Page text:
>
    > #include "myclass.h"
    >
    > CMyClass::CMyClass
    > {
    > CMyClass::test = 5; // error: unresolved external

    symbol
    > }
    > --------------------------------
    >
    >
    > I want to make a private member variable of static kind. What did I make
    > wrong? I always get the error message "unresolved external symbol".
    > I've already tried to access it via "this->test" but this doesn't work
    > either. Is it not allowed to access the static variable outside the same
    > file? What do I have to do in order to be able to access it from within my
    > member-functions?
    >
    > any help is appreciated,
    > ekim
    >
    >
     
    Iakov Nakhimovski, Aug 24, 2004
    #2
    1. Advertising

  3. Carlos Martinez Garcia

    Ekim Guest

    given the following code:

    myclass.h:
    -------------------------------

    class CMyClass
    {
    public:
    CMyClass();
    private:
    static int test;
    }
    --------------------------------


    myclass.cpp:
    -------------------------------

    #include "myclass.h"

    CMyClass::CMyClass
    {
    CMyClass::test = 5; // error: unresolved external symbol
    }
    --------------------------------


    I want to make a private member variable of static kind. What did I make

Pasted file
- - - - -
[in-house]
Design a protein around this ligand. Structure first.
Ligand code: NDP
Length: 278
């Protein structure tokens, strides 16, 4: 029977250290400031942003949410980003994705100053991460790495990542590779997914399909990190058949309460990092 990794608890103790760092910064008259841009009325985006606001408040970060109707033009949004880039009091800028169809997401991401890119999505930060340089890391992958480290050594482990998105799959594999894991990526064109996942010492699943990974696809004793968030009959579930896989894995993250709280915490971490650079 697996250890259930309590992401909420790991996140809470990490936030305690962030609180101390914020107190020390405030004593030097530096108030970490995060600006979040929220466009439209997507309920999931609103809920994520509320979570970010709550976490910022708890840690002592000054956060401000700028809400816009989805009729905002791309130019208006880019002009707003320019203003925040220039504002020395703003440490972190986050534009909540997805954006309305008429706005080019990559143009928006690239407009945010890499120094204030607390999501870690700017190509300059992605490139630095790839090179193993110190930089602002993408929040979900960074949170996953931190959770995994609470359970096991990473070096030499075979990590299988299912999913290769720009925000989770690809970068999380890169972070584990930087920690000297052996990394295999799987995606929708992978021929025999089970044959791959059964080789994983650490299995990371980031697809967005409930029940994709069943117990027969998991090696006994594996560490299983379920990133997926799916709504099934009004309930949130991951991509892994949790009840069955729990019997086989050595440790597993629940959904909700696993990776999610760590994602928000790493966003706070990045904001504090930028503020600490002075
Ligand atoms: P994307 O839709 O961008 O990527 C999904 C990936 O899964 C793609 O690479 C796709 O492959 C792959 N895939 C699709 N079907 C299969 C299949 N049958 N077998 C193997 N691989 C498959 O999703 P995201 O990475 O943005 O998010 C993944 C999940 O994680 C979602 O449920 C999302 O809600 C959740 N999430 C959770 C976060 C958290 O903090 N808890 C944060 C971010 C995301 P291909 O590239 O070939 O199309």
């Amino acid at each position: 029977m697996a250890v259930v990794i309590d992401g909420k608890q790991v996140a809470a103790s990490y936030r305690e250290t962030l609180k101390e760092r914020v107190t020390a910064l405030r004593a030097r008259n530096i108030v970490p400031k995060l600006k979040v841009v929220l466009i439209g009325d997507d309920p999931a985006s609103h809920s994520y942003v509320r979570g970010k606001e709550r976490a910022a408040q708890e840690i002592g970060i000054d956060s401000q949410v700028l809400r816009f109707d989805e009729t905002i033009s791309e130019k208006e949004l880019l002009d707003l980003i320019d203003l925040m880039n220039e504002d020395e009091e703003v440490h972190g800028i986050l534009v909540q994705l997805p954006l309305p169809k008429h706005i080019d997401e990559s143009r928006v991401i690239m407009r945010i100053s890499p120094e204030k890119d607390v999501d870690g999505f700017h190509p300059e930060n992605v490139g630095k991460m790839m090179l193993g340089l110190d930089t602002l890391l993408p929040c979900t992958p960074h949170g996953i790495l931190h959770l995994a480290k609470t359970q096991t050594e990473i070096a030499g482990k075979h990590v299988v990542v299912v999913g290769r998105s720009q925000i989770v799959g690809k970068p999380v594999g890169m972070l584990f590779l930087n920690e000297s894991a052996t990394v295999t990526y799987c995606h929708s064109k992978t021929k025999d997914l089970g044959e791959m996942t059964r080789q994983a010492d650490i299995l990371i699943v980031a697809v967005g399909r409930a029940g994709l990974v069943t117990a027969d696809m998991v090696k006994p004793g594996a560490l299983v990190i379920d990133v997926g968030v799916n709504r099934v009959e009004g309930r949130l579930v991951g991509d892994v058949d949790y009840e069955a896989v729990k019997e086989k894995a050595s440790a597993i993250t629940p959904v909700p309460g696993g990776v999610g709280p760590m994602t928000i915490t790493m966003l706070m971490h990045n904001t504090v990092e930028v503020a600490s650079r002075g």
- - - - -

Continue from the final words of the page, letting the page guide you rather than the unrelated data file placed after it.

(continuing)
wrong? I always get the error message "unresolved external symbol".
    I've already tried to access it via "this->test" but this doesn't work
    either. Is it not allowed to access the static variable outside the same
    file? What do I have to do in order to be able to access it from within my
    member-functions?

    any help is appreciated,
    ekim
     
    Ekim, Aug 24, 2004
    #3
  4. Carlos Martinez Garcia

    Ekim Guest

    problem solved - thx a lot to both of you!

    by ekim

    "Iakov Nakhimovski" <> wrote in message
    news:cgeu88$2j6$...
    > myclass.cpp should contain a line:
    >
    > int CMyClass::test = 5; // initial value for the static variable must be

    set
    > separately
    >
    > It's ok to use the variable in the constructor (or any method) if you need